States of fear
As McEwan reminds us, active environmental demonstrations are not sufficient because “Virtue is too passive, too narrow. Virtue can motivate individuals, but for groups, societies, a whole civilisation, it’s a weak force. Nations are never virtuous, though they might sometimes think they are.”
Greed prevails over virtue. This is why it is necessary to reinvest financial resources into clean and accessible energy. And this is also what makes cli-fi engaging, its ability not only to describe the present situation, but also to rewrite it in order to avoid the final catastrophe.
The apocalyptic theme never fails to be part of the narration: it is either clearly approaching, as in Margaret Atwood’s novels and Michael Crichton’s State of fear, or in progress, as in Paul Auster’s In The Country of Last Things, or it has already occurred, as in Jim Laughter’s Polar City Red.
Another key point in climate fiction is the constant condemnation of the technological drift.
In Paolo Bacigalupi’s The Windup Girl (2014) for example, calories have become currency in Bangkok, terrorism has become bio-terrorism and anonymous food-hunters look like old treasure hunters. In the MaddAddam trilogy, Atwood foreshadows a waterless flood in a world marked by the cult of transhumans.
Cli-fi is characterized not only by narrations concerning the climate change, but also by a call to action: readers are called to understand it and do what they can to take an active role because, as the great scholar and traveler Robert Macfarlane wrote about 10 years ago in his article on the Guardian, “The effects of climate change are now perceptible in language as well as in degrees Celsius.”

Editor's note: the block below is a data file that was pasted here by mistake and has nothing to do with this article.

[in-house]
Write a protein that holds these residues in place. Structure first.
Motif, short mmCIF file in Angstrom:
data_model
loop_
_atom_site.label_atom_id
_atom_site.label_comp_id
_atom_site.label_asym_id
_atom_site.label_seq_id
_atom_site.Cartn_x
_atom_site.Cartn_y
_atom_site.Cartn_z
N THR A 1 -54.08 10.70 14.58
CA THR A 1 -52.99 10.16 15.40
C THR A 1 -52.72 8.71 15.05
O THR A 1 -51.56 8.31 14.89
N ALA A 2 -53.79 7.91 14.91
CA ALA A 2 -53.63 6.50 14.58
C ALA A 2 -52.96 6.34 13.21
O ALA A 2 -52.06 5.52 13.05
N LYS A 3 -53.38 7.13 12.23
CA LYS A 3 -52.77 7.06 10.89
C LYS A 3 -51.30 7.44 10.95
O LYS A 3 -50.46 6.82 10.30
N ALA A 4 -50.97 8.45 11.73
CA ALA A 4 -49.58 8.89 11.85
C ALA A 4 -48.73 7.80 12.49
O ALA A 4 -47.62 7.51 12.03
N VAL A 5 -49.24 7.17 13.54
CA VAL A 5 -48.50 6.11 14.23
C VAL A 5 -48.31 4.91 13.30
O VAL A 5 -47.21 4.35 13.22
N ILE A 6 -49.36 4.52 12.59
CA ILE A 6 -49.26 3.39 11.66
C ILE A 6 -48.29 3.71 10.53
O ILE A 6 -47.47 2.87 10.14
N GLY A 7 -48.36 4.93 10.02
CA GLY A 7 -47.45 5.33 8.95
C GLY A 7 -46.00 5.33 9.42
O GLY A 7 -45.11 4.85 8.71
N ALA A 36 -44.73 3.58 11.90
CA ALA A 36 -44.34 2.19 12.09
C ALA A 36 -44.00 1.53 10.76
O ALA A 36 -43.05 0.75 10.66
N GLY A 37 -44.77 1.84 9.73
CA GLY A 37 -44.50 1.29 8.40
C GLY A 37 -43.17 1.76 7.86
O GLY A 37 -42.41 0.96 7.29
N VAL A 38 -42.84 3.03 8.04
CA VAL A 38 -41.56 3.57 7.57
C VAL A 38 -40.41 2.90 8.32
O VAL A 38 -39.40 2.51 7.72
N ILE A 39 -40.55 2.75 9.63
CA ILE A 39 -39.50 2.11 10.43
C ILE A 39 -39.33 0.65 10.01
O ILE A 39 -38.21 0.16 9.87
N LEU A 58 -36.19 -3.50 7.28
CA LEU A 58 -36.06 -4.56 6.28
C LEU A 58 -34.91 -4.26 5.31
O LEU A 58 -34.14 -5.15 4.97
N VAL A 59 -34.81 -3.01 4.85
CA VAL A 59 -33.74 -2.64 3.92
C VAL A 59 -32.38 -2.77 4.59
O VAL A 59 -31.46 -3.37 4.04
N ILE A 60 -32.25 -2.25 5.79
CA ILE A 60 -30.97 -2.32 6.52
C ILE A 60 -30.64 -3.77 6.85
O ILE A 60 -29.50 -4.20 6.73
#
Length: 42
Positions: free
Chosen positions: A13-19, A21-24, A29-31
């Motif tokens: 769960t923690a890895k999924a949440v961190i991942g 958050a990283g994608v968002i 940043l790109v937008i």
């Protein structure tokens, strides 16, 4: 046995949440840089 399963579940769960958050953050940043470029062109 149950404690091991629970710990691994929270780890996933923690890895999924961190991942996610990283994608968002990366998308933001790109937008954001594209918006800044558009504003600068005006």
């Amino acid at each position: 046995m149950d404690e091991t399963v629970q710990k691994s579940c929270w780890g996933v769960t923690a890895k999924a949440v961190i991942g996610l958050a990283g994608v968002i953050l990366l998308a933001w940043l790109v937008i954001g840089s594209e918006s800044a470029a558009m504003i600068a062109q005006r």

In an article published on 27 July 2015 on Medium, the creator of the cli-fi term Dan Bloom reintroduced a crucial question, later debated at the Paris Cop21: “Can Cli-fi help keep our planet livable?”.
A question that somehow echoed what the environmentalist Bill McKibben had written in 2005 in the eco magazine Grist: “What the warming world needs now is art”.
In this sense, observed Bloom, rather than a narrative genre, cli-fi was born as a stimulus for the new generation of writers exploring this literary genre. There are in fact lots of cli-fi classes in universities all around the world, including children literature.
“Cli-fi has allowed me to participate imaginatively in rewriting our future” has written on the Guardian Sarah Holding, British author of famous children’s books.
It is difficult to say if cli-fi will be able to redirect the world and influence the decisions of the governing international institutions, but it certainly offers its readers a space for real comprehension of global risks and reformulates the old question posed by Kant: does our world have a moral purpose? or is it our purpose to give it meaning? Doesn’t literature have the responsibility of fulfilling this ultimate aim?
philosophy and social criticism